Minstrel Banjo

For enthusiasts of early banjo

Ok.....so I have played a lot of this stuff, all of it on the fretless Minstrel in D/G tuning. I hypothesize that much of the music is NOT a good fit. In particular, I feel a need to revisit the Guitar Style stuff in the Green Converse. This time around, I will try it on a fretted Minstrel in E/A tuning. I'll post these as I go through them. From my brief encounter......I am finding this to be a more logical pairing. anyway...that is what this is all about ...right? Experimenting out in the open. I had a heck of a time on some of those on fretless. Your experience??? Love to hear it.

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There were over 100 "banjo tutors" published in the US before 1930 including the "minstrel tutors."

Most are easy to find if you look-- the "classic banjo ning" site has a bunch and I have put a lot on the Internet archive.  There are more being posted everyday.  They are all free.

Before the mid to late 1870s the banjo that was the subject of popular culture and the "tutors" were part and parcel of the minstrel show.  I don't want to get into what is or is not a "banjo"-- for the discussion it is the 5 string banjo in the form post Sweeney era.

It was not until that time when there was a sort of movement of banjoists (who played in minstrel shows) who wanted to just be banjoists and not corked up.  Part of that was the "contest" (sometimes called the "pugilistic era" in period documentation).  This is where they had (many times phony) contests to see who was the "best banjoist."  The Dobson family seemed to be at the head of this.  What it did was get people to go and see a banjo concert without minstrelsy.

Pretty much anything before the contest era would be "minstrel banjo."

The popular fad exploded in the early 1880s.  By that time banjos were tuned to "concert pitch" or with the fourth to C sometimes called "drop C" (dropsy?).  So the "modern" sound of the banjo came about in the early 1880s (we have narrowed the use of C pitch down to being common place about 1884).

Just to confuse things, "A notation" continued to be published well into the 1920s, but banjos were pitched to C.

Nope, not the third string-- a "false string" is one that is uneven in thickness and hardness.  It gets thicker and thinner.

The third string intonation issue is mostly a problem with 1930s wire strings.

Thicker and thinner?  Yikes, like badly made gut strings!

The third string intonation problem is still a problem today.  I encountered it just the other day when showing a lady where to position her bridge... we wound up having to slant it grossly in order to compromise between the two awfulnesses.  I find some banjos are much worse than others.  Not sure of why they're not all the same- maybe because different brand string sets have slight differences in gauges.  I use compensated bridges on my fretted banjos which reduces the issue to a level where I can at least not want to throw myself over a cliff.

Joel Hooks said:

Nope, not the third string-- a "false string" is one that is uneven in thickness and hardness.  It gets thicker and thinner.

The third string intonation issue is mostly a problem with 1930s wire strings.

That middle string drove me nuts on my wire rig too till my teacher explained that its very real and I wasn't crazy



Joel Hooks said:

There were over 100 "banjo tutors" published in the US before 1930 including the "minstrel tutors."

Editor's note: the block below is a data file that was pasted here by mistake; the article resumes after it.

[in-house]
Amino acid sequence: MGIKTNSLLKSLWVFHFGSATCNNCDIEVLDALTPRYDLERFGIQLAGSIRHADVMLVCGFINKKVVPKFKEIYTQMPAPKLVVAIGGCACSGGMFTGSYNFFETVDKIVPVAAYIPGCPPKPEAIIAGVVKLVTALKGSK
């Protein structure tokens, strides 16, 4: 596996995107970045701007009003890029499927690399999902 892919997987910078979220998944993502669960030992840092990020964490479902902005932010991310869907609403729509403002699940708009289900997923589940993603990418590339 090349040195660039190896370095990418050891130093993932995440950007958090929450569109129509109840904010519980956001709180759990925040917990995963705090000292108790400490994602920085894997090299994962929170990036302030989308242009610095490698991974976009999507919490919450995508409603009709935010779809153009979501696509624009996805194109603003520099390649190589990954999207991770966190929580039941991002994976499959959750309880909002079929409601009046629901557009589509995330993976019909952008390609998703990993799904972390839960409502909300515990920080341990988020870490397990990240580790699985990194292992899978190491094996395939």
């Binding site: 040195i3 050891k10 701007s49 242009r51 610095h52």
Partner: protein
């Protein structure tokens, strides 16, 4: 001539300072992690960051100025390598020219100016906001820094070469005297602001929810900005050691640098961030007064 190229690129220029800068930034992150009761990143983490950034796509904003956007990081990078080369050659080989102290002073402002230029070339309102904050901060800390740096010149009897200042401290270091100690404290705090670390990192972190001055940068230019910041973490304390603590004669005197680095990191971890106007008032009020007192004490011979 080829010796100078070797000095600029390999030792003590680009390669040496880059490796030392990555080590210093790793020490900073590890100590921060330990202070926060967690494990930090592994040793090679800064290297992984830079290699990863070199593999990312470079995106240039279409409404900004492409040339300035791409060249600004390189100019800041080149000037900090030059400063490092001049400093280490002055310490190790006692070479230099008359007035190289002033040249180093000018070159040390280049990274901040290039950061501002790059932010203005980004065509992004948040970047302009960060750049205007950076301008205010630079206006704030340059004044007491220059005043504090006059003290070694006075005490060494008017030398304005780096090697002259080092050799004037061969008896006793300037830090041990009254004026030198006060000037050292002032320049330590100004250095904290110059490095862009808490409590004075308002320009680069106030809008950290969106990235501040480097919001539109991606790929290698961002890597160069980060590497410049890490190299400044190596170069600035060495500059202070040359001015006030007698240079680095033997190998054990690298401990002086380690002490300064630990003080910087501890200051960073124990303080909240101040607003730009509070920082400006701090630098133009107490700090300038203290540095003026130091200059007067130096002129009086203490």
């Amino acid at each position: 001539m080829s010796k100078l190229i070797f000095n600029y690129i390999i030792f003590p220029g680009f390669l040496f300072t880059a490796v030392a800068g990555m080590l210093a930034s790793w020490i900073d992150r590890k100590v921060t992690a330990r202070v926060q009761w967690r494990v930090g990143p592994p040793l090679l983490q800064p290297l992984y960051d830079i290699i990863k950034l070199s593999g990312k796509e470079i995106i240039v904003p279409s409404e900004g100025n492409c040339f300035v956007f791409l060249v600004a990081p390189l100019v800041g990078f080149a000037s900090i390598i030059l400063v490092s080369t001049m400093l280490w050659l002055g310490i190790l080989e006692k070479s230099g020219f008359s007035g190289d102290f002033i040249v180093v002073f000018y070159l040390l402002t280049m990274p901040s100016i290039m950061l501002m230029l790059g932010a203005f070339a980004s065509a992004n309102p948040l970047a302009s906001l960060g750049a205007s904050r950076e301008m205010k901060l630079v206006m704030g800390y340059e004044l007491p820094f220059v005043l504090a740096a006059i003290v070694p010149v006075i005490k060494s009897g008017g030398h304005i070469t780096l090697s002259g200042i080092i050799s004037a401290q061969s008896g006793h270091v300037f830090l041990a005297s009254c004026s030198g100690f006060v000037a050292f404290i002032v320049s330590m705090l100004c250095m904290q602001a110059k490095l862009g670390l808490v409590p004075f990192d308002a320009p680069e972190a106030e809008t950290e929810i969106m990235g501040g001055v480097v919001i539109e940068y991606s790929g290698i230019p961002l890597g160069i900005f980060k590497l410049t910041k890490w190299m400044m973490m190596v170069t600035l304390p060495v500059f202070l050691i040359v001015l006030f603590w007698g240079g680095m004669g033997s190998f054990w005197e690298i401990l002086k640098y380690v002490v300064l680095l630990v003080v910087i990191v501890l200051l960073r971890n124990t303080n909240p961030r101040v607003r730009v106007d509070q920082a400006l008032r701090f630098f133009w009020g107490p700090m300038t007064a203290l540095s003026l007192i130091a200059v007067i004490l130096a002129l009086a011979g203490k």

Yes, I see most of them simply call themselves instructions for 'the banjo' or for 'banjoists'.. without mentioning style labels like 'minstrel' or 'classic', as we do today.   I guess maybe each era considers itself to be the definitive norm and end product for 'banjo playing', without needing to stipulate.   

I don't want to get into what is or is not a "banjo"-- for the discussion it is the 5 string banjo in the form post Sweeney era.

Indeed, let's not!   lolol

Just to confuse things, "A notation" continued to be published well into the 1920s, but banjos were pitched to C.

I keep forgetting that.  

Okay...Citizen Scientist Tim Twiss signing off after one more entry....the Funeral March.

I conclude:

1. This music is possible but not practical on a fretless instrument

2. This was an ambitious effort by FBC to elevate the banjo from it's current status

3.Having frets and playing in the pitch indicated improves the playability and intonation quality of the performance.

uuugh now I want a fretted banjo haha

YES,,,you do. You are a monster

1. This (guitar/classic style) music is possible but not practical on a fretless instrument

2. This was an ambitious effort by FBC to  "elevate"  the banjo from it's current status

3.Having frets and playing in the pitch indicated improves the playability and intonation quality of the performance of classic style banjo repertoire.

there I fixed it for you.  :)

Guitar-style tunes are definitely easier to play and generally speaking sound better up the neck on a fretted banjo, and I'm at the point where I'll almost always reach for a fretted "concert pitch" banjo to work on one.

Tim, It's been really interesting to watch you revisit the repertoire (both banjo style and guitar style) with your fretted minstrel rig; those up-the-neck come alive in a different way; on a fretless banjo playing up the neck often feels more like a daredevil acrobatic feat than a nice musical passage.  That is to say, that no matter how long and carefully I practice something like the end of Rail Road Polka, my odds of "sticking the landing" never feel much better than 50/50. 

(Granted, I've never practiced or played anywhere near as much as Tim or the pros of the mid-19th century.)

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